Rookies getting their shots

Hey, rook, come over here and learn this encyclopedic playbook. Then get through two-a-days in the cauldron of summer training camp. See if you can beat out a veteran for his job, but make sure you're prepared for special teams duty, as well.

Don't run out of steam after Thanksgiving, when you're accustomed to winding down at school. Oh, yeah, help us make the playoffs, too.

A lot to ask of newcomers to the NFL? Sure is.

Yet it's what rookies go through every year. With salary cap restrictions, the multitude of formations being used on offense AND defense, and the frequency of injuries, those kids are getting more opportunities than ever to become a factor in the pros.

This season, it's happened everywhere — both positively and distressingly.

“We've had really good drafts the past two years, so if you look at our group out there, it's really a young team in a lot of ways,” says Ravens coach John Harbaugh, who has three key rookie contributors in tackle Michael Oher, cornerback Lardarius Webb and linebacker Paul Kruger. “We have a great mix of veteran leadership, but there's a lot of first-, second- and third-year players who are playing a lot of football for us and having an impact on games. That's really important in this league.”

Sure is. There have been freshmen starting at virtually every position, from quarterbacks Mark Sanchez, Matthew Stafford and Josh Freeman to Oher, Jason Brown and Phil Loadholt on the offensive line. From dynamic wideouts Percy Harvin, Austin Collie and Jeremy Maclin to aggressive linebackers Brian Cushing, James Laurinaitis and Clay Matthews.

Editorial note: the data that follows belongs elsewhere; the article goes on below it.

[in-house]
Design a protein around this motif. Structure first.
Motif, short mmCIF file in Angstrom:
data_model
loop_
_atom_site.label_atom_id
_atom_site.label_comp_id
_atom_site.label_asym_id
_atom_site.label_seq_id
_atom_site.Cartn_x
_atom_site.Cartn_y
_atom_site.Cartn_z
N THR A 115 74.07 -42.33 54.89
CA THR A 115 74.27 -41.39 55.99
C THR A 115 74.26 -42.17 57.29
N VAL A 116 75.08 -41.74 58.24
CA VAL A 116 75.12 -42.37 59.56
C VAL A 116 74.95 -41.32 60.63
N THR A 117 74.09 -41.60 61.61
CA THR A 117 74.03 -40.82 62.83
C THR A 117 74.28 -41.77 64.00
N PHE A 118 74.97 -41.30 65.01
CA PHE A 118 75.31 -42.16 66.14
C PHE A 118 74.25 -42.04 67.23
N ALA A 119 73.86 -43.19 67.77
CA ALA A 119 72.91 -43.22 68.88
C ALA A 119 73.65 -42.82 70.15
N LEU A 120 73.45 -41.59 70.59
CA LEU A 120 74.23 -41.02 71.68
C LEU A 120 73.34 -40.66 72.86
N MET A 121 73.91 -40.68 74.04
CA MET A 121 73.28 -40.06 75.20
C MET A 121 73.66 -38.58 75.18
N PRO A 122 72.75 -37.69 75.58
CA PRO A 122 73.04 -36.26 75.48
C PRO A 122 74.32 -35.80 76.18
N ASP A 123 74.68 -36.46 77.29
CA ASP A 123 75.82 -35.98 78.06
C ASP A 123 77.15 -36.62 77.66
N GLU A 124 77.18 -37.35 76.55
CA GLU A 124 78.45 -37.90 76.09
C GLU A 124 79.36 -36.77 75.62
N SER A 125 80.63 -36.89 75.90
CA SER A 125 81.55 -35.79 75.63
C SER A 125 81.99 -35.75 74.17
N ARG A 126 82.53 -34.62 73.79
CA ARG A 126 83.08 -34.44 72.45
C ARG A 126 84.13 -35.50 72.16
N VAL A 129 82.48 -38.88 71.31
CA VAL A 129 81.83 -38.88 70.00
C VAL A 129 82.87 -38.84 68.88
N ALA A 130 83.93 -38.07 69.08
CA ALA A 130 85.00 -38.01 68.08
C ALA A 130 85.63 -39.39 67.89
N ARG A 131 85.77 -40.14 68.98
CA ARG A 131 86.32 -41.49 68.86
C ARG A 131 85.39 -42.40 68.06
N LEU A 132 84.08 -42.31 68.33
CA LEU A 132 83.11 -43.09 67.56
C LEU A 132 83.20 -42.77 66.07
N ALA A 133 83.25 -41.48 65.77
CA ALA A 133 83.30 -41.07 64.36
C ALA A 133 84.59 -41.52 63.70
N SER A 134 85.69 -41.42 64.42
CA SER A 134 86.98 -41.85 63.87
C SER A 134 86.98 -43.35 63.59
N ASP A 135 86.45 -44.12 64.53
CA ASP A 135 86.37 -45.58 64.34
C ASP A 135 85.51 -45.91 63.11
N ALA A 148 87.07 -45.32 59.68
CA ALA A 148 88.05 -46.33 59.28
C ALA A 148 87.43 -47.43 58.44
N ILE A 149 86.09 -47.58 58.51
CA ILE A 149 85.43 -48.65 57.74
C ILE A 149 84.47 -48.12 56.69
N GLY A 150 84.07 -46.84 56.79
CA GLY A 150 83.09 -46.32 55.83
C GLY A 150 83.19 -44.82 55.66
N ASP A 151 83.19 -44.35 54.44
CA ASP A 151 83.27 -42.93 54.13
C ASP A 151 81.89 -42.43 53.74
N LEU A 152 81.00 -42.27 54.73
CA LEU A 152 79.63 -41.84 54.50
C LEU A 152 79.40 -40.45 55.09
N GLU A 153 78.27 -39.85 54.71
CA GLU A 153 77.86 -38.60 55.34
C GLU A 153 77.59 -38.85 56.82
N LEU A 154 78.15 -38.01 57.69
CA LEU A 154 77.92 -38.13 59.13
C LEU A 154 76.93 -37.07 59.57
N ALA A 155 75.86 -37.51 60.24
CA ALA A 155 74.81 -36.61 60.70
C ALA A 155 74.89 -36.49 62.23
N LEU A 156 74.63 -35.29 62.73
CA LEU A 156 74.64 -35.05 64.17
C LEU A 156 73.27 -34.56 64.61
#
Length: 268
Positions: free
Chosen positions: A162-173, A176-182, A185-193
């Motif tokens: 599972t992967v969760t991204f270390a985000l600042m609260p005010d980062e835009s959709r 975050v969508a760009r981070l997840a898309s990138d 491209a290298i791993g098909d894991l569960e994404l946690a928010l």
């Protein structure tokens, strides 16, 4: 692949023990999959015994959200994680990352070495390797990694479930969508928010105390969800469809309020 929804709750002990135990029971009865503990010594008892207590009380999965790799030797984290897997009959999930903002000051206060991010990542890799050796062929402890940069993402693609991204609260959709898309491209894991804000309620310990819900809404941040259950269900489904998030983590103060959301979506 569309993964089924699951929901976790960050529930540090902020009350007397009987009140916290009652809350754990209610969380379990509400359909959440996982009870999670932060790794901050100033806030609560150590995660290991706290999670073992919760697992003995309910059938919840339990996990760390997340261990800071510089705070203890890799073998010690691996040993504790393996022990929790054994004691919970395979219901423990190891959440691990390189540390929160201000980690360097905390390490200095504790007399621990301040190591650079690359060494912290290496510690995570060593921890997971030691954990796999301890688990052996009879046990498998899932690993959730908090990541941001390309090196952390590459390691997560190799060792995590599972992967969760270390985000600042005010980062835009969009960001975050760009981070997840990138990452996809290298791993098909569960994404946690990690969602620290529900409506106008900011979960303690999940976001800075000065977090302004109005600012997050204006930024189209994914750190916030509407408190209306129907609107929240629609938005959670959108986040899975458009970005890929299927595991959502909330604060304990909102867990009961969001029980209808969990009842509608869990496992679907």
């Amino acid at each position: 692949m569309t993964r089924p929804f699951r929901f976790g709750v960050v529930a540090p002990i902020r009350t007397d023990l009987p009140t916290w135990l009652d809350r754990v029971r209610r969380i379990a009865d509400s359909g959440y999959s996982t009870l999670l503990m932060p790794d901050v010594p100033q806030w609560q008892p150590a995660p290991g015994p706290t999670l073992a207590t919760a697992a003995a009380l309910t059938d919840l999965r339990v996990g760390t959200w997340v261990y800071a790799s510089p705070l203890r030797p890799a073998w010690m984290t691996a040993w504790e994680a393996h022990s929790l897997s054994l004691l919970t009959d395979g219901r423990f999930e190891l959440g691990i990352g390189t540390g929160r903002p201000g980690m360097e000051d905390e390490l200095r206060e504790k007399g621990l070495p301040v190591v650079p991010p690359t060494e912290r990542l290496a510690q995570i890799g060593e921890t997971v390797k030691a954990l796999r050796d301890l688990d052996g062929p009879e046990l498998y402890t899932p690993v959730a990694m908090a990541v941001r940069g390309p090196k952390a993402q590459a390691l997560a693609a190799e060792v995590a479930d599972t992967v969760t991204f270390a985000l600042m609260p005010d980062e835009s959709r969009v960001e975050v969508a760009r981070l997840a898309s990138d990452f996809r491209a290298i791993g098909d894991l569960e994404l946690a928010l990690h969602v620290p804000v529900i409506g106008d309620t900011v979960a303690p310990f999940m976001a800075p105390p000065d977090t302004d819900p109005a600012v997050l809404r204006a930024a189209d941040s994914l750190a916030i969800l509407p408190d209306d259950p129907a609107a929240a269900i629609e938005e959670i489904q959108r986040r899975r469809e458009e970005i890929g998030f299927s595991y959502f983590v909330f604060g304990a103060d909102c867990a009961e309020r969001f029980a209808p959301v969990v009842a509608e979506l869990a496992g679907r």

There have been ballhawks — Buffalo's Jairus Byrd — and busts — Oakland's Darrius Heyward-Bey. First-round flops (Andre Smith) and undrafted gems (Colts CB Jacob Lacey). Sacksters (Washington DE Brian Orakpo) and stumblers (Kansas City DE Tyson Jackson).

“There's a lot of things being thrown at him and that's a tough position to play. You're not going to see instantaneous results,” Chiefs coach Todd Haley says of the No. 3 selection in the draft. “The guy has tremendous work ethic.

“Again, it takes a little time, a young player playing that position.”

But it hasn't taken much time in Indianapolis, which has been dominant with four rooks playing key roles: Lacey and fellow cornerback Jerraud Powers, Collie and punter Pat McAfee.

“It is highly unusual,” coach Jim Caldwell says of the rookies' contributions. “But I think we have a highly unusual team. One of the things that you find with teams that win and win consistently is that there is a sharing of information from the veterans to the rookies that is uninterrupted, unfiltered. And I think you have to attribute some of that to coaching, but a lot of that comes from the players showing them the nuances of what it takes to be great in this league.”

Jacksonville has started two rookie offensive tackles, first-rounder Eugene Monroe and second-rounder Eben Britton, for much of the season. All nine of their picks have played.

The Dolphins have prospered with a pair of rookies starting at cornerback: Sean Smith and Vontae Davis. Smith could become the first rookie to start all 16 games at cornerback for Miami. Davis became a starter Nov. 1.

Both impressed no less an expert than Bill Belichick.